Every foster child has different needs, and that’s why fostering agencies look for people with varying life experiences to become foster carers. If you have a disability, you may still be able to foster. But like all would-be foster carers, you need to complete the application process successfully – and this may not be what you think!
Living with a disability can be problematic. The built environment was not created with people with disabilities in mind. Shops can be hard to access and living in an older property can be problematic too.
For too long, people with disabilities were excluded from ‘mainstream’ living. There were barriers, physical ones as well as attitudes, which prevented many from taking an active part in life.
And it is probably for this reason that people with disabilities assume that fostering is not something open to them or that a fostering agency would not consider them suitable.
If they did, a person with a disability may assume that their disability would be scrutinised much more than that of other foster carers.
But this isn’t the case.
The same fostering application process
Everyone who wants to become a foster carer goes through the same application process. Foster carer applications are not compared against each other, as we are used to when we apply for other jobs.
Foster care applications are measured against what children in care need. In other words, fostering agencies look for people who have the personal aptitude and outlook to offer a positive, welcoming, loving, safe and nurturing home to a foster child.
If you have a long-term illness or are disabled in some way, these are not barriers and do not automatically exclude you.
The same medial checks
All foster carers undergo a health assessment.
Because we need and want the best for children who can’t live with their birth families, a fostering agency need to be confident that a foster carer can offer a stable environment.
Questions are asked of foster carers and their lifestyle, and these questions are no different for someone with a disability.
As long as you are healthy, manage your conditions or disability, then there is no reason why your disability should be a barrier to becoming a foster carer.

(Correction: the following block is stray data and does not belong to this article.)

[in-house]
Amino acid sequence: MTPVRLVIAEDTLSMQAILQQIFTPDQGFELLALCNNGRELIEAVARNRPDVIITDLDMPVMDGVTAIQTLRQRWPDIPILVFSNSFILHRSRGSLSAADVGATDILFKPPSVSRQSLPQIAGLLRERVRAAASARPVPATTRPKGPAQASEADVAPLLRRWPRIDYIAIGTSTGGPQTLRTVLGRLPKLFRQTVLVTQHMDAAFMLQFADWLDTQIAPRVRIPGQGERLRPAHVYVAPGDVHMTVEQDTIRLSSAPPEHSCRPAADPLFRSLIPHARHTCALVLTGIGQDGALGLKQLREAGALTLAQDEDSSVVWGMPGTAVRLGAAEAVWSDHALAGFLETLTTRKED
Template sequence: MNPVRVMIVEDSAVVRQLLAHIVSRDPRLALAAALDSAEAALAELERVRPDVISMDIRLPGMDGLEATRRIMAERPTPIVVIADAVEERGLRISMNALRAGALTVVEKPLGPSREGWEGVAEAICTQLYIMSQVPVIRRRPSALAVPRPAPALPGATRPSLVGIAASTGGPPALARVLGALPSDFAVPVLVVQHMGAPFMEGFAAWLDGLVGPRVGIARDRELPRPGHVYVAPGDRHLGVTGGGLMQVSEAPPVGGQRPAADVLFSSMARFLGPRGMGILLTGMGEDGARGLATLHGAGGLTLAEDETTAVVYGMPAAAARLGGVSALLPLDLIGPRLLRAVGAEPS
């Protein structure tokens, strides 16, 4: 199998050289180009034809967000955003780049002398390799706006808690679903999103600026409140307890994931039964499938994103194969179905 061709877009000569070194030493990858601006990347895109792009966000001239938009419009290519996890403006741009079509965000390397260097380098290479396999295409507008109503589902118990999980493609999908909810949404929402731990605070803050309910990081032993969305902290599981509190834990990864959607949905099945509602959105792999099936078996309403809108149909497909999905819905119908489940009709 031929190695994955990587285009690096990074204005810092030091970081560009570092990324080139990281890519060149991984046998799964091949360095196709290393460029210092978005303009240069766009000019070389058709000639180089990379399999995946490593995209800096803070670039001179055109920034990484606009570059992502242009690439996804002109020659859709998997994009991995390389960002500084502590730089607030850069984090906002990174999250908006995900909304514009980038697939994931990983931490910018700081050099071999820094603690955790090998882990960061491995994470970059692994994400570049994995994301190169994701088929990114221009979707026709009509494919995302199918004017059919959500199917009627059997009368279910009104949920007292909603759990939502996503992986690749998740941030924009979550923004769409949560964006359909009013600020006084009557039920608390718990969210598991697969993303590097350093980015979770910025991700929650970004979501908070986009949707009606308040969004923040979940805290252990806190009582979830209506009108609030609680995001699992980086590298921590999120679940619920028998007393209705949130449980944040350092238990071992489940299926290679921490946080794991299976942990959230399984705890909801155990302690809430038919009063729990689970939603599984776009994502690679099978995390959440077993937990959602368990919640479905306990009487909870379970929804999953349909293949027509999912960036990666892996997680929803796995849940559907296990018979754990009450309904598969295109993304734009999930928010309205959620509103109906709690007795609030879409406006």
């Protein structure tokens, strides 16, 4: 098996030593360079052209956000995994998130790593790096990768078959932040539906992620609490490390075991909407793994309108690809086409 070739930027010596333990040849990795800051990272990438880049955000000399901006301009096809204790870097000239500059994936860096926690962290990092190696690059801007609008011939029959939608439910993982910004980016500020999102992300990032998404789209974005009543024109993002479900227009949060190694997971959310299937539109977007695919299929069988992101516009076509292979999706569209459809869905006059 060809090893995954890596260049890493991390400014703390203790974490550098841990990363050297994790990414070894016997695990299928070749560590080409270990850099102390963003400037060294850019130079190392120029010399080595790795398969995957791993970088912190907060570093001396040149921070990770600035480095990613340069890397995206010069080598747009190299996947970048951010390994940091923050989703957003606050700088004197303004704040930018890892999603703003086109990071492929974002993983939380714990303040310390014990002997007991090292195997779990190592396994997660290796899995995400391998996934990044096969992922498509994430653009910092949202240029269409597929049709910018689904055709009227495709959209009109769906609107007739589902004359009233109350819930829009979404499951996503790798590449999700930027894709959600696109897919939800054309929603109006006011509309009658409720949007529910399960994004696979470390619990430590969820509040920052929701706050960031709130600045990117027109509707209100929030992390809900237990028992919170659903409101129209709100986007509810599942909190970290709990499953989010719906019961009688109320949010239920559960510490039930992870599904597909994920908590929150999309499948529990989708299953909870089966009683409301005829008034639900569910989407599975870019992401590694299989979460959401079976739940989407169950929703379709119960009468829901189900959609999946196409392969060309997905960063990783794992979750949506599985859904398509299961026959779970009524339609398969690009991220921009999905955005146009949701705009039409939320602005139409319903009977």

How will foster children react to a foster carer’s disability?
Foster carers come from all walks of life. At one time, foster carers were married couples. Single people couldn’t foster, and it wasn’t until 2002 that members of the LGBT community could become foster carers.
What we have learnt is that children who live with people that are seen as ‘different’ by society are not damaged in any way by it. In fact, living with foster carers who are ‘different’ or in the minority help children and young people to become more tolerant and welcoming of diversity.
The same is true for foster children who live with foster carers who are disabled.
Disability fostering is not just about matching disabled children with disabled adults either. And a fostering agency will need to be confident that a foster child won’t fall into the role of being a carer, either.
Fostering may not affect disability benefits either, something that is important to anyone considering becoming a foster carer. There is an allowance per child per week too, to ease the financial pressure of raising a foster child.
Making a difference
Foster families all over the UK make a difference in the lives of foster children every day. A foster parent with a disability is doing the same thing too!
Just as the population is made up of diverse individuals, so too is the army of foster carers who care for, love and nurture children and young people in their care.
Foster Care Associates are actively seeking foster carers, including people with disabilities, to offer homes and families to children and young people.